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Importance of lead shoulder speed.

Jun 17, 2009
Portland, OR
MB, just a follow up …..

I suspect that TDS over at the other site has had a similar experience in working with young developing hitters. Notice his coverage over the years … from buttock/belly-button to the more recent focus on a FYB leveraged orientation. Hence, I suspect he’s trying to crack a similar nut.

You can tell a young developing hitter that a major purpose of the ‘move out’ is to prepare to launch the swing, and you can show them the details of launching the swing, yet many (not all) will fail to use the ‘move out’ properly to prepare their body to launch their swing. How best to get them there is the question? I find that Donny’s “Rock the U” works quite well … but like TDS, I’m always interested in a better approach.

Note: The above is my interpretation of what TDS has been working on. It is possible that I have his intent incorrect. It has been my intent to work with young developing hitters on improving their passage through a healthy swing launch orientation.

Jun 6, 2016
Geez Five, why you gotta go, and do that? Now I gotta go add another name on the ever going list of the...."position of power"(Hudgens), "connection point"(Slaught), "position of truth"(Tewks), "torque position"(TM), "launch position"(many), “hitting position”(many), and now "hitting orientation"(FFS). Hahaha... :p:)
In all seriousness, we need a thesaurus for all the different terms that are really the same thing. It's taken me years to figure out that some people are talking about essentially the same thing with different terminology.

It really can be daunting for people who are trying to learn about hitting.
Apr 11, 2015
MB, you literally made me laugh out loud. :)

I work with a fairly wide-array of hitters. Always looking for a better way to get these hitters to pass through a favorable/powerful swing launch position/orientation.

You would think that if you showed someone how to use their hips/torso-engine, that they would naturally prepare their body during the 'move out' to use their hips/torso-engine ... and some do ... but I tend to work with a good number of hitters that need to be specifically instructed to pass though such a position/orientation.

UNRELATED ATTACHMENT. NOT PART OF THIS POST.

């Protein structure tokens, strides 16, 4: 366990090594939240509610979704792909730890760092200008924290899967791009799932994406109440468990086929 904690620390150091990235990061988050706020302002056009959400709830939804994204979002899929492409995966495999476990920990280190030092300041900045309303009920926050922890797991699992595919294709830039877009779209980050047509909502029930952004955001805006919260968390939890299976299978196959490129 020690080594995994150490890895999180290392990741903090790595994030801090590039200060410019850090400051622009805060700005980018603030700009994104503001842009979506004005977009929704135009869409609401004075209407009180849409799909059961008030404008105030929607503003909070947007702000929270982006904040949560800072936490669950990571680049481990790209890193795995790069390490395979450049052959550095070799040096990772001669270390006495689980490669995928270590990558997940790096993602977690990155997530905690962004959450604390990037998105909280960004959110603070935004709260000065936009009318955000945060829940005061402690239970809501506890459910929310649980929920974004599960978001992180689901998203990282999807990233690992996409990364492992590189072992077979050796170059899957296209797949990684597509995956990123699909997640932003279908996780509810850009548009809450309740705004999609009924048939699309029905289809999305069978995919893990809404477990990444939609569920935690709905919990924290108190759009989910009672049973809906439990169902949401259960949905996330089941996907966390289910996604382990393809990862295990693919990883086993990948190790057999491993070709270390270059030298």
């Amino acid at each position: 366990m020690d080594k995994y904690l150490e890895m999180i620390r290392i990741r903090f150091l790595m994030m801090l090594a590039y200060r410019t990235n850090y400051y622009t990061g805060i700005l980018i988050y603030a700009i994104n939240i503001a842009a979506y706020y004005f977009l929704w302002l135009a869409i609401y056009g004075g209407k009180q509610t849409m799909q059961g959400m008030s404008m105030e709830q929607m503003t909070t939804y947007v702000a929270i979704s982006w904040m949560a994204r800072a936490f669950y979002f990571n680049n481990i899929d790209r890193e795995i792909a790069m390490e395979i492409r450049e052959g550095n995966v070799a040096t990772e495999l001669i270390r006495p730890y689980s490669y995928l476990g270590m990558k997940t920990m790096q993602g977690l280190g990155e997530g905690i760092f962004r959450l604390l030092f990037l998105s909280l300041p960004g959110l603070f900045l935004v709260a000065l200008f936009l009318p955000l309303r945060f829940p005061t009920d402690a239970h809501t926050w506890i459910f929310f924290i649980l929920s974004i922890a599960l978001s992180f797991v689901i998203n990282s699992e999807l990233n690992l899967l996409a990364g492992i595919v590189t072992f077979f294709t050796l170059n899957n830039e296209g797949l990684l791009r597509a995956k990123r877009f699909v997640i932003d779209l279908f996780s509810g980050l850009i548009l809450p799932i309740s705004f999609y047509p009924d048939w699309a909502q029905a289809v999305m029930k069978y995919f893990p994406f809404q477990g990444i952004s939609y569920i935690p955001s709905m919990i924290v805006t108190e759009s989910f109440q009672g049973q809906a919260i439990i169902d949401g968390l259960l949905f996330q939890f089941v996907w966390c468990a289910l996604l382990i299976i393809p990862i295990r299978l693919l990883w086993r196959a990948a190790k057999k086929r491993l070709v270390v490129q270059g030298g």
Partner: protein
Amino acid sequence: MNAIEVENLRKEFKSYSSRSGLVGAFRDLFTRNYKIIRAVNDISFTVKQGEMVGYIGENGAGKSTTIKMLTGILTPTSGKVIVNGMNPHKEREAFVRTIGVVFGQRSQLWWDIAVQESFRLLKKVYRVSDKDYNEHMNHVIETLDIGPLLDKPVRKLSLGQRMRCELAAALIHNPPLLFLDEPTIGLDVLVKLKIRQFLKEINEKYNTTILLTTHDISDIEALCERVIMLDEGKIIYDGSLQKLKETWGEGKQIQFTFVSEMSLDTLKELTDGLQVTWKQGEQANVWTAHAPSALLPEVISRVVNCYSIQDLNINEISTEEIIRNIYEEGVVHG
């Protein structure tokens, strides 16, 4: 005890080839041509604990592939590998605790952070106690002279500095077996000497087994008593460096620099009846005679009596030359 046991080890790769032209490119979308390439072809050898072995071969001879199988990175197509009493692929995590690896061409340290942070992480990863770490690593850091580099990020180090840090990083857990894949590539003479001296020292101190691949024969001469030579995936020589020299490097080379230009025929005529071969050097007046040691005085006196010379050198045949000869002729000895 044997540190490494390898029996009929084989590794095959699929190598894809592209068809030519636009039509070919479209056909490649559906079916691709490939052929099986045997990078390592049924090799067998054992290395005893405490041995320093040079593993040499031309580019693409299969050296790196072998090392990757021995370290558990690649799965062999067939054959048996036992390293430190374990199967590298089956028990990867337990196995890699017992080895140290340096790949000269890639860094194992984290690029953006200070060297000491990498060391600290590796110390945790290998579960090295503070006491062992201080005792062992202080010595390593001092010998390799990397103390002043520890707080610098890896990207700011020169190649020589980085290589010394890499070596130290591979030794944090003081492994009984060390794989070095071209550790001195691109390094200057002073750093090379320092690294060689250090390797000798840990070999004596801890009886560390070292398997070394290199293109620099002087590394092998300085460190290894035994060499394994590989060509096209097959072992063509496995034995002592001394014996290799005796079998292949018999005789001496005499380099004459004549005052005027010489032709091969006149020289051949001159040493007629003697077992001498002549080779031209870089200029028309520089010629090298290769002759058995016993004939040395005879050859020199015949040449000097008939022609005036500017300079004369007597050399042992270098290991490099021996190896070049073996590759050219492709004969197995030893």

Agreed, and why I've also talked coaching to the hitter's natural abilities, and comfort levels vs. the simply "cookie cutter" instruction I see so often.

I think that this is not understood by some who only coach their child[ren] or just a couple others, and haven't experienced the wide array of athletic abilities, coordination, and proprioception that one discovers after having coached a multitude of more players than that.

I had an AC turned friend who coached his own son be be a very accomplished hitter (college ball, and then Indy ball) who then decided he should open a hitting facility, and coach others what he did his son. Unfortunately his son had a rather unorthodox swing that worked for him, but not always (very rarely really) for others...and after about a year, and a half or so of declining students, he eventually sold the facility to one of the other coaches he brought in near the end who was gaining clientele because he didn't coach the same thing to everyone, and therefore he had much better success.
Jun 17, 2009
Portland, OR
During the 'move out' the slack in the torso & lead-arm is taken out of the system, as the hitter moves towards a leveraged swing launch orientation. For young developing hitters this can be easily realized with a goal as simple as "Rocking of the U".

With the slack out of the system, the torso-engine will cause the lead lat to elevate and move out ... the lead-arm is being pulled upon. During the initial pull on the lead-arm, the lead-arm will have the lead upper arm put 'on plane' and the hands will become 'leveraged' ... the job being to turn/pry the barrel around the lead forearm. Some refer to this as "turning the barrel". The important thing is that this be a leveraged action in which the lead-arm is being pulled upon by the torso-engine.

Sep 17, 2009
I don't have a pic of no-stride Pujols handy to compare, but with no move out he has most of the slack out from the start. Different strokes...A move-out I think is the better approach for most hitters helping with timing and slack-tightening.

One more thing about the subject of the thread, 'lead shoulder speed'. I've grown fond of the knob-up cue, it puts the sensor closer to where the real action is and gets barrel 12-6 with a tight pivot point. Do it, and the lead shoulder will work up and out of the way in a snap :)

Added: As for Rock the U, I like it, especially as it adds the slow and early load part of the equation (ie, rock it back, knob to catcher). In the past I've often used the downward V between the elbows and talk about 'slam the V' toward the pitcher, which I think helps with the the elbow working up idea (work the lead elbow up a ramp) and the launch suddenness you need (in much the same way as knob-up), FWIW.

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